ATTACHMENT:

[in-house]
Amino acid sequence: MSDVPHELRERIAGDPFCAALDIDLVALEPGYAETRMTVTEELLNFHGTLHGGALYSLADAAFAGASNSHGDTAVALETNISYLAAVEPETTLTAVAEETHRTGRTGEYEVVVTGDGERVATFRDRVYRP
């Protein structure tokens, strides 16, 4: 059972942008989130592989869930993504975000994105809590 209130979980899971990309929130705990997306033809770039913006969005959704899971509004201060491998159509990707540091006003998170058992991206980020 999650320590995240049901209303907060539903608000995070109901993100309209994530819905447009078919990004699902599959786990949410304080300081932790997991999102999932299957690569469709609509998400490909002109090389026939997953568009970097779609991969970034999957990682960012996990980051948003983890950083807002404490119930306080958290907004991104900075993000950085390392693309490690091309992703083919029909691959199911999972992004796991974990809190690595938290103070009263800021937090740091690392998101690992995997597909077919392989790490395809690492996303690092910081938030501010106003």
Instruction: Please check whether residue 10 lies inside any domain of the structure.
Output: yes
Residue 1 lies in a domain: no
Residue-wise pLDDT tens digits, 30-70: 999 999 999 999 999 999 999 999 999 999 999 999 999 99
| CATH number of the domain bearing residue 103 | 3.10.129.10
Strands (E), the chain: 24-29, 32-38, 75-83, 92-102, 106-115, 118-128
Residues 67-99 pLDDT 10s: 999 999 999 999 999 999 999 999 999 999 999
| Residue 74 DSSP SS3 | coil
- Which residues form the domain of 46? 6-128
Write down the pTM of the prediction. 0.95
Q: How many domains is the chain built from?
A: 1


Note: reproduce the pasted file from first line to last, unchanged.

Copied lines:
[in-house]
Amino acid sequence: MSDVPHELRERIAGDPFCAALDIDLVALEPGYAETRMTVTEELLNFHGTLHGGALYSLADAAFAGASNSHGDTAVALETNISYLAAVEPETTLTAVAEETHRTGRTGEYEVVVTGDGERVATFRDRVYRP
């Protein structure tokens, strides 16, 4: 059972942008989130592989869930993504975000994105809590 209130979980899971990309929130705990997306033809770039913006969005959704899971509004201060491998159509990707540091006003998170058992991206980020 999650320590995240049901209303907060539903608000995070109901993100309209994530819905447009078919990004699902599959786990949410304080300081932790997991999102999932299957690569469709609509998400490909002109090389026939997953568009970097779609991969970034999957990682960012996990980051948003983890950083807002404490119930306080958290907004991104900075993000950085390392693309490690091309992703083919029909691959199911999972992004796991974990809190690595938290103070009263800021937090740091690392998101690992995997597909077919392989790490395809690492996303690092910081938030501010106003």
Instruction: Please check whether residue 10 lies inside any domain of the structure.
Output: yes
Residue 1 lies in a domain: no
Residue-wise pLDDT tens digits, 30-70: 999 999 999 999 999 999 999 999 999 999 999 999 999 99
| CATH number of the domain bearing residue 103 | 3.10.129.10
Strands (E), the chain: 24-29, 32-38, 75-83, 92-102, 106-115, 118-128
Residues 67-99 pLDDT 10s: 999 999 999 999 999 999 999 999 999 999 999
| Residue 74 DSSP SS3 | coil
- Which residues form the domain of 46? 6-128
Write down the pTM of the prediction. 0.95
Q: How many domains is the chain built from?
A: 1